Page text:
This was the first time he had kissed her, but it didn’t feel like the first time to either of them—they had both imagined it so many times. They’d had many opportunities—the right place, the right moment—he’d thought of it; she had worried it might happen. But they were both such clever people, always planning carefully, that they’d never dared to risk it. Suddenly it was reality, and they were both dazed. Liusu’s head was spinning. She fell back against the mirror, her back tightly pressed to its icy surface. His mouth did not leave hers. He pushed her into the mirror and they seemed to fall into it, into another shadowy world—freezing cold, searing hot, flame of the forest flowers burning all over them.
From Love in a Fallen City, by Eileen Chang. Translated from the Chinese by Karen S. Kingsbury.
Here in this uncertain world, money, property, the permanent things—they’re all unreliable. The only thing she could rely on was the breath in her lungs, and this person who lay sleeping beside her. Suddenly, she crawled over to him, hugging him through his quilt. He reached out from the bedding and grasped her hand. They looked and saw each other, saw each other entirely. It was a mere moment of deep understanding, but it was enough to keep them happy together for a decade or so.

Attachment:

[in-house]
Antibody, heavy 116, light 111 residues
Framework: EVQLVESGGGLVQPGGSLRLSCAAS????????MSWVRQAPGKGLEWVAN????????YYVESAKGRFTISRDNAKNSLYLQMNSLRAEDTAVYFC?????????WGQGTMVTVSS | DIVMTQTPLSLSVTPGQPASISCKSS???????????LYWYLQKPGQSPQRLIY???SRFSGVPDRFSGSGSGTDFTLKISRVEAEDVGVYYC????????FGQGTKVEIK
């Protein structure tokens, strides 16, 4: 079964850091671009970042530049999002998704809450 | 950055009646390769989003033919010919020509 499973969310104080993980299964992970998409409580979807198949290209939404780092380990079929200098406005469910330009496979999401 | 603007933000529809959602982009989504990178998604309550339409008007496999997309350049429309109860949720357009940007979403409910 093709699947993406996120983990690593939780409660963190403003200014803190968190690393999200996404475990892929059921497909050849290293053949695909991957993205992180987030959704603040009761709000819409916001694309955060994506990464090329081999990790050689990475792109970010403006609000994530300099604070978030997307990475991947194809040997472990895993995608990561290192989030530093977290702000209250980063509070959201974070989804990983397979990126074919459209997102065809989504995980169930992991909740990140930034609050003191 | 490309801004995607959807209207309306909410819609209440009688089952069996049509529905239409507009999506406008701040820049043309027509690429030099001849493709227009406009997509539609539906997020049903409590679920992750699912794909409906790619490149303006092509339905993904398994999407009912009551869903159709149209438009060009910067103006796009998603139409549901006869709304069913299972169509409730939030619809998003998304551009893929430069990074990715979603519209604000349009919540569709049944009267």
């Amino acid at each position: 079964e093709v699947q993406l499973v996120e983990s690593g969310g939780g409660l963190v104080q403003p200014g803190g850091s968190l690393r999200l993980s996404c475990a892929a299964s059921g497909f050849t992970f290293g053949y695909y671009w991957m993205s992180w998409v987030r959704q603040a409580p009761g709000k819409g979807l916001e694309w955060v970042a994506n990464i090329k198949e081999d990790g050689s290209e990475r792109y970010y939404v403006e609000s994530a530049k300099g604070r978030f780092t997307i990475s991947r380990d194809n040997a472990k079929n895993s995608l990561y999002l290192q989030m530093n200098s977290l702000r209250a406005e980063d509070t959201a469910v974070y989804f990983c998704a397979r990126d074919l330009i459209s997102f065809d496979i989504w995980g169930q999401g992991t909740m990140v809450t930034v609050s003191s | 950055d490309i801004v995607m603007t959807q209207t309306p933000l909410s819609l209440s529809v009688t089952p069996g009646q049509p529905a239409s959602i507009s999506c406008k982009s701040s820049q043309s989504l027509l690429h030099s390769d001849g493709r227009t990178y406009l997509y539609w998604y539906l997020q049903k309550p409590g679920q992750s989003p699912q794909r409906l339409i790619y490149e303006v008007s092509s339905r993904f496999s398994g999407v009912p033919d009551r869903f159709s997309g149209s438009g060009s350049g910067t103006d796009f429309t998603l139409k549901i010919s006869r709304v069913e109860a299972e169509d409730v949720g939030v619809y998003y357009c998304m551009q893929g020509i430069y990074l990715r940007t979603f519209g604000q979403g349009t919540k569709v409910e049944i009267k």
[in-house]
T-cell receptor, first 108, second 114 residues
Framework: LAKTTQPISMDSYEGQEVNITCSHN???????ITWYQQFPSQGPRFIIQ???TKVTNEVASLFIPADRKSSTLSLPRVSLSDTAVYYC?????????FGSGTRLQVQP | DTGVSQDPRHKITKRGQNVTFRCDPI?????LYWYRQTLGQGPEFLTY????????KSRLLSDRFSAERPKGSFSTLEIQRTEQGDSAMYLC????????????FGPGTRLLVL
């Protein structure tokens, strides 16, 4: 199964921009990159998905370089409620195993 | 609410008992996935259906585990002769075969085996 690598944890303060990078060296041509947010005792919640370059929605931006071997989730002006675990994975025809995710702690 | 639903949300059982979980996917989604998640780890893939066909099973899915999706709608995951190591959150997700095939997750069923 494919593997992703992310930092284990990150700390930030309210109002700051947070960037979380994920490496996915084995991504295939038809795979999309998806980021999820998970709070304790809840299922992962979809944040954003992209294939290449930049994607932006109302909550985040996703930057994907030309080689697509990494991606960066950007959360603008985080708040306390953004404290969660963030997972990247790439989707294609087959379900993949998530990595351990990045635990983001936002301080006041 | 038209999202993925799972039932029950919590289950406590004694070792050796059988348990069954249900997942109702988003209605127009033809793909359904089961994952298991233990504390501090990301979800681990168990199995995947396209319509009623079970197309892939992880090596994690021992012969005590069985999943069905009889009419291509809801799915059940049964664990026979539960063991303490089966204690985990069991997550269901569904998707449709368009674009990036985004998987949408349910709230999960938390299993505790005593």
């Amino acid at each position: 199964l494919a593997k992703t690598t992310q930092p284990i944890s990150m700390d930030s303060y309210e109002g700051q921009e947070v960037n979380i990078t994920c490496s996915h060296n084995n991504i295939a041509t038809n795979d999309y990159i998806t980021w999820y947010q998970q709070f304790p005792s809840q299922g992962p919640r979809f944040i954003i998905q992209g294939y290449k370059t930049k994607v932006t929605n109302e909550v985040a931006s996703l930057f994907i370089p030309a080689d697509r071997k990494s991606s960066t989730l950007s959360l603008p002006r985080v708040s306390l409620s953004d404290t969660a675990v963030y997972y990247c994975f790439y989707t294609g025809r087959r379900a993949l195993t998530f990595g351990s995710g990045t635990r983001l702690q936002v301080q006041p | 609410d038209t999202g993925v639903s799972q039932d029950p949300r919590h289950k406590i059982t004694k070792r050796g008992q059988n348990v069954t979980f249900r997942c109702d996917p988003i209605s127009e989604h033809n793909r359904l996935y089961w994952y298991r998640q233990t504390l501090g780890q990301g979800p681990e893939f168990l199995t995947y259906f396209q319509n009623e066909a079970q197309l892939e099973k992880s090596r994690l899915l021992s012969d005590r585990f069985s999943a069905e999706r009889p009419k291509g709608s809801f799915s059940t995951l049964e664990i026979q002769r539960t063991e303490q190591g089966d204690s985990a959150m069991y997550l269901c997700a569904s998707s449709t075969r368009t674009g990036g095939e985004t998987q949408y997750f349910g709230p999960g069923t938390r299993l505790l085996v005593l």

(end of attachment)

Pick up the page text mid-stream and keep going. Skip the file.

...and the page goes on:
The transformation of life into drama is unhealthy. People who have grown up in the culture of the city always see pictures of the sea before they see the sea; they read of love in romance novels and only later do they know love. Our experience is often second-hand, borrowed from artificial theatricals, and as a result the line between life and its dramatisation becomes difficult to draw.
Yee wants Wang not in spite of his suspicion, but “it is precisely because he suspects her that he desires her… And so lust and caution are, in Chang’s work, functions of each other, not because we desire what is dangerous, but because our love is, no matter how earnest, an act, and therefore always an object of suspicion”.
Scriptwriter James Schamus invokes Zizek to explain Eileen Chang’s Lust, Caution
Gradually the streets grew quiet too - not a complete silence but voices turned blurry, like the soft rustling of marsh-grass pillow, heard in a dream. The huge, shambling city sat dozing in the sun, its head resting heavily on people’s shoulders, its drool slipping slowly down their shirts, an inconceivably enormous weight pressing down on everyone.
Small white clouds floated in the blue sky above, and on the street a flute vendor was playing the flute–a sharp, soft, sinuous, Oriental tune that twisted and turned in the ear like embroidery, like a picture of a dream in a novel, a trail of white mist coming out from under the bed curtain and unfurling all sorts of images, slowly uncoiling like a lazy snake, till finally the drowsiness is just too great, and even the dream falls asleep.
She could hardly believe it, but he rarely so much as touched her hand. She was continually on edge, fearing he would suddenly drop the pretense and launch a surprise attack. But day after day he remained a gentleman; it was like facing a great enemy who stood perfectly still.
From Love in a Fallen City by Eileen Chang; translated into English by the author and Karen S. Kingsbury.